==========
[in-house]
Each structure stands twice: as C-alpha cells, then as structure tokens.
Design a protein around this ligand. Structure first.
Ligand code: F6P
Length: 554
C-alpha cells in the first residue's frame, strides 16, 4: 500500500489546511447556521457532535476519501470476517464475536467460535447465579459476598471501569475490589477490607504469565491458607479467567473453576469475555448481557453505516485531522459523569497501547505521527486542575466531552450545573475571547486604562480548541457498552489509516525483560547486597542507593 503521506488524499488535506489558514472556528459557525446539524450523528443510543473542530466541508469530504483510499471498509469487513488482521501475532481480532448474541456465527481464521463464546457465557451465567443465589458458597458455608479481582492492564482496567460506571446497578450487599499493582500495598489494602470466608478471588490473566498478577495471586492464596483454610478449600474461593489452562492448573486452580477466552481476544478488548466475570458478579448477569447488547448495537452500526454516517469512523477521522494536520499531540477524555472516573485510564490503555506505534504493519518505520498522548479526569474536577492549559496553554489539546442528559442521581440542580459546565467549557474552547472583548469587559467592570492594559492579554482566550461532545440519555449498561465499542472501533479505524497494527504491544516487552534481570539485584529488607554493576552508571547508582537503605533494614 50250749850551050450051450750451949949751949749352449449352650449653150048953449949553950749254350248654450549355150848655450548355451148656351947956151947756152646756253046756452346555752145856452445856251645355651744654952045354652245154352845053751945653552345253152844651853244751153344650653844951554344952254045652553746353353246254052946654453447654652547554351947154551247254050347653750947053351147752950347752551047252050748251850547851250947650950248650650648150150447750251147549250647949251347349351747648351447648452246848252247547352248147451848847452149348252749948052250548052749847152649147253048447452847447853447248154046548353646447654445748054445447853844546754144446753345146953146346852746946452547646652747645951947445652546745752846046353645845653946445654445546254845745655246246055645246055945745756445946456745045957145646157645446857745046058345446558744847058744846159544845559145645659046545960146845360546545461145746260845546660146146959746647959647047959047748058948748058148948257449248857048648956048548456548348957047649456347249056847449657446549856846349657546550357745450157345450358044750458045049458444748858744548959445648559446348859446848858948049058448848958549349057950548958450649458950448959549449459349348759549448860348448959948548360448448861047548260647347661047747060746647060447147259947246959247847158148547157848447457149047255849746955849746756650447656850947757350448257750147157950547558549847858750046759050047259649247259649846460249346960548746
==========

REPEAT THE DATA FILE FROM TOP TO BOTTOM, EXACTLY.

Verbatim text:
[in-house]
Each structure stands twice: as C-alpha cells, then as structure tokens.
Design a protein around this ligand. Structure first.
Ligand code: F6P
Length: 554
C-alpha cells in the first residue's frame, strides 16, 4: 500500500489546511447556521457532535476519501470476517464475536467460535447465579459476598471501569475490589477490607504469565491458607479467567473453576469475555448481557453505516485531522459523569497501547505521527486542575466531552450545573475571547486604562480548541457498552489509516525483560547486597542507593 503521506488524499488535506489558514472556528459557525446539524450523528443510543473542530466541508469530504483510499471498509469487513488482521501475532481480532448474541456465527481464521463464546457465557451465567443465589458458597458455608479481582492492564482496567460506571446497578450487599499493582500495598489494602470466608478471588490473566498478577495471586492464596483454610478449600474461593489452562492448573486452580477466552481476544478488548466475570458478579448477569447488547448495537452500526454516517469512523477521522494536520499531540477524555472516573485510564490503555506505534504493519518505520498522548479526569474536577492549559496553554489539546442528559442521581440542580459546565467549557474552547472583548469587559467592570492594559492579554482566550461532545440519555449498561465499542472501533479505524497494527504491544516487552534481570539485584529488607554493576552508571547508582537503605533494614 50250749850551050450051450750451949949751949749352449449352650449653150048953449949553950749254350248654450549355150848655450548355451148656351947956151947756152646756253046756452346555752145856452445856251645355651744654952045354652245154352845053751945653552345253152844651853244751153344650653844951554344952254045652553746353353246254052946654453447654652547554351947154551247254050347653750947053351147752950347752551047252050748251850547851250947650950248650650648150150447750251147549250647949251347349351747648351447648452246848252247547352248147451848847452149348252749948052250548052749847152649147253048447452847447853447248154046548353646447654445748054445447853844546754144446753345146953146346852746946452547646652747645951947445652546745752846046353645845653946445654445546254845745655246246055645246055945745756445946456745045957145646157645446857745046058345446558744847058744846159544845559145645659046545960146845360546545461145746260845546660146146959746647959647047959047748058948748058148948257449248857048648956048548456548348957047649456347249056847449657446549856846349657546550357745450157345450358044750458045049458444748858744548959445648559446348859446848858948049058448848958549349057950548958450649458950448959549449459349348759549448860348448959948548360448448861047548260647347661047747060746647060447147259947246959247847158148547157848447457149047255849746955849746756650447656850947757350448257750147157950547558549847858750046759050047259649247259649846460249346960548746